It’s not about how hard you can push yourself. It’s about how much you can relax while your body is pushing. Your body performs its best when it’s relaxed, so your goal in the gym should be more of a meditative state under different types of duress.
If you can’t do the same exercise every single day, you’re pushing too hard. I’m not saying you need to [quite the opposite], but this should help reshape your intensity. Think about whatever manual labor job you want, where you saw someone that was naturally ripped. That’s not a coincidence. You lift boxes all day, and you’ll have to learn to relax while you’re doing it, or you’ll need to find another job.
So how do I get stronger? Your body will still develop, but at it’s own pace. You deciding that you’re going to spend an extra hour in the gym just because you want it more than everybody else isn’t going to help you.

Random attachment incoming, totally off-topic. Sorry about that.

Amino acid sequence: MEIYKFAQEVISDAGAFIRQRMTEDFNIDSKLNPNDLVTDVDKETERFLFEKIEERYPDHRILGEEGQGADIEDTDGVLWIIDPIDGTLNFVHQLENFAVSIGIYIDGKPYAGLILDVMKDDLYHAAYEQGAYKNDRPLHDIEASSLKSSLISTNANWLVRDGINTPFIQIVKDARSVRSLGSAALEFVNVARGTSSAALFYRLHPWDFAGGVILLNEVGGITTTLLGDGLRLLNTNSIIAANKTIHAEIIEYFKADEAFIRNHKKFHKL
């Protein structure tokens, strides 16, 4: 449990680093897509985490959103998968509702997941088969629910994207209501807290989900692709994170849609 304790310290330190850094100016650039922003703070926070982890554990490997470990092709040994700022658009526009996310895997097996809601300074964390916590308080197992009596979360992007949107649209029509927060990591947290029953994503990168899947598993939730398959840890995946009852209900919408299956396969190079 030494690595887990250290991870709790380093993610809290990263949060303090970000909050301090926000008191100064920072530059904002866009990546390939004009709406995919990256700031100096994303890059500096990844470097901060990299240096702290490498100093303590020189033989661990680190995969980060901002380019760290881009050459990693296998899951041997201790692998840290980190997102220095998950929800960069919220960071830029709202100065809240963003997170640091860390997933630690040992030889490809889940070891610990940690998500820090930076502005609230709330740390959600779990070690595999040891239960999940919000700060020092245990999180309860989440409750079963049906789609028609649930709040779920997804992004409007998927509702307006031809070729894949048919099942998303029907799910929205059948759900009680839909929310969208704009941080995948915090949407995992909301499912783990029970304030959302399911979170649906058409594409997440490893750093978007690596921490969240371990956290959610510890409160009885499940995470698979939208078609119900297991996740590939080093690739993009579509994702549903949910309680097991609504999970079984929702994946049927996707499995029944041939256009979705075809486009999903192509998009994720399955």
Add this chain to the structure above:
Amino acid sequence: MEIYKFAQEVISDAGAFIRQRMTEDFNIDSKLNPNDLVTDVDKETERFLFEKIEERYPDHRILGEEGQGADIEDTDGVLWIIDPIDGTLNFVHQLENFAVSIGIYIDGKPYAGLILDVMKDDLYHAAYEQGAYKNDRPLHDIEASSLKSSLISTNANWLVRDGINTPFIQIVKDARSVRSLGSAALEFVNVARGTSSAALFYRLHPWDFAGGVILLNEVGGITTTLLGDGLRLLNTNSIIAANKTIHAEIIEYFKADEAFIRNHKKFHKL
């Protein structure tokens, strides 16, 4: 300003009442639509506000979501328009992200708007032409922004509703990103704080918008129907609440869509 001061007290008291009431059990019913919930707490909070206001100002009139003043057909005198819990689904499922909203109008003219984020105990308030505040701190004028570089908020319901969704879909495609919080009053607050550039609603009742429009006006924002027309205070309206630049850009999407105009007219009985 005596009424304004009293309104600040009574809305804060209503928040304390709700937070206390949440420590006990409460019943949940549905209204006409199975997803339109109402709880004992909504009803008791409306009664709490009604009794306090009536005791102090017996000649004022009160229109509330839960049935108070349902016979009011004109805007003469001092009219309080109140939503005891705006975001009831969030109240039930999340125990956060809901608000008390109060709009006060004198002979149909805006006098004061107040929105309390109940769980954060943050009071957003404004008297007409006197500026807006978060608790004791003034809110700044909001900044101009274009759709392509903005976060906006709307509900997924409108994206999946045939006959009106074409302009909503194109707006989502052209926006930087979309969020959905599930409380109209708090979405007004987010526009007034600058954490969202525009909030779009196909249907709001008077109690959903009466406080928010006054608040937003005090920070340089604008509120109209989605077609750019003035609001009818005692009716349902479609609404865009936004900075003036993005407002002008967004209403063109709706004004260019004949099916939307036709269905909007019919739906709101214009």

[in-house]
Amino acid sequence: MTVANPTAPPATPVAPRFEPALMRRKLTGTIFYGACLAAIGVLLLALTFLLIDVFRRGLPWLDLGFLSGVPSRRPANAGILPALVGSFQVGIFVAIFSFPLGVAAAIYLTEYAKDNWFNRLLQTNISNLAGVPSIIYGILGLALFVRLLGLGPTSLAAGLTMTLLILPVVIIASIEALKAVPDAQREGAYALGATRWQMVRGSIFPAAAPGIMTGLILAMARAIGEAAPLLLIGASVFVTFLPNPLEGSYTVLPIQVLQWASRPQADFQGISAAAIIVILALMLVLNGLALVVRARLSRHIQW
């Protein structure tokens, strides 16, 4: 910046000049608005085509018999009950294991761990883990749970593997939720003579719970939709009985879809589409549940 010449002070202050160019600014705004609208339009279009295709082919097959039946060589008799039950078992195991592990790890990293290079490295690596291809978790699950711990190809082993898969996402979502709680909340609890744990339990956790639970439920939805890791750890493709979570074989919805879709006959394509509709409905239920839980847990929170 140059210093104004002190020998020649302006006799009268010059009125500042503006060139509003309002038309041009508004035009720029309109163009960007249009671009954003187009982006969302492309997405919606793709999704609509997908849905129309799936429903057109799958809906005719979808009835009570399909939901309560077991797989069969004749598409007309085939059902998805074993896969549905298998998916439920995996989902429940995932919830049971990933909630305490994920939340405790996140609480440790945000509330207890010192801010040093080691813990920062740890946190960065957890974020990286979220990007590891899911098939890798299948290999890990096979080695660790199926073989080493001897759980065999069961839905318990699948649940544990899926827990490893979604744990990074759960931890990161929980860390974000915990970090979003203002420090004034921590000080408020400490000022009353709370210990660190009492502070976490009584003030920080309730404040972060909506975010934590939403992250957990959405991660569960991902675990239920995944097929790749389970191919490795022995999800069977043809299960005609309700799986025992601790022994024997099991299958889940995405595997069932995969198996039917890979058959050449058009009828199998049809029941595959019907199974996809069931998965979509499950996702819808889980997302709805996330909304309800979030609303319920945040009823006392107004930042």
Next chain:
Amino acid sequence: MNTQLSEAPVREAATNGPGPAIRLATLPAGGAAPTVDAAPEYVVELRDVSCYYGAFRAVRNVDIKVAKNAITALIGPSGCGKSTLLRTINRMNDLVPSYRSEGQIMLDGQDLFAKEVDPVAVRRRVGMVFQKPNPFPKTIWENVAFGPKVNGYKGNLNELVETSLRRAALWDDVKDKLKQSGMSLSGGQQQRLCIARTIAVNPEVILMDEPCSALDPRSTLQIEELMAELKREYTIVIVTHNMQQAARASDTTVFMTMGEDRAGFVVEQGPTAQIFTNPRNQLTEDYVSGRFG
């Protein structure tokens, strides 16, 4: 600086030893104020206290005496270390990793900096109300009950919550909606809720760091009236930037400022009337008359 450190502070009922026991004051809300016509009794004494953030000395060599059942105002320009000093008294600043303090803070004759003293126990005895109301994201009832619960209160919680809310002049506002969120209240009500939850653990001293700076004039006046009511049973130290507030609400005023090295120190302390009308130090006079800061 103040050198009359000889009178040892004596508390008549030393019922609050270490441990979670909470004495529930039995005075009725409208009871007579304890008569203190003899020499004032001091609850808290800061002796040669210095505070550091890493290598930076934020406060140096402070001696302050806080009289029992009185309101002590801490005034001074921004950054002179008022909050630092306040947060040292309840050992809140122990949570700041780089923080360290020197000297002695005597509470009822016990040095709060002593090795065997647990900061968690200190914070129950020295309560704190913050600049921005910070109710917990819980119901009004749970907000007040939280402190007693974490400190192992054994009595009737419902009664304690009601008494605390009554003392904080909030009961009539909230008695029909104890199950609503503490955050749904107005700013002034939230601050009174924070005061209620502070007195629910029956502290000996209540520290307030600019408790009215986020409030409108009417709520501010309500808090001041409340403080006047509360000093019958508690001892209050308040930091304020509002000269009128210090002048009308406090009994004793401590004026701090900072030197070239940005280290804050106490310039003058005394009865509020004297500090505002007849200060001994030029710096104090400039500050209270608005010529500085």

You’ve heard the term country strong. It’s that guy in college that never worked out but was built like an ox. His first day in the gym he lifted way more than you ever could. This is why.
Do not let your mind get involved with your workout. If you can’t relax with the weight you have on the bar, it’s too much. I’m not saying don’t push yourself, but if you start to feel muscles tear, that’s too much. Once it starts hurting, you’re done with that muscle group for the day.
Do not flex or clench at the top of any lifts. Stay relaxed the whole time. I assume you want to be chiseled when you’re just walking around, not just when you flex. Bring that intensity with you everywhere.
Listen to your body. It knows better than you do. Better than I do. And most certainly better than that article you read in Fitness magazine.
Let’s assume I’m wrong. I’m not, but just assume it. It’s still worth testing. If what I’m saying is true, you’re literally wasting away in the gym. Take it back a couple notches for a couple weeks and see if you notice any improvement.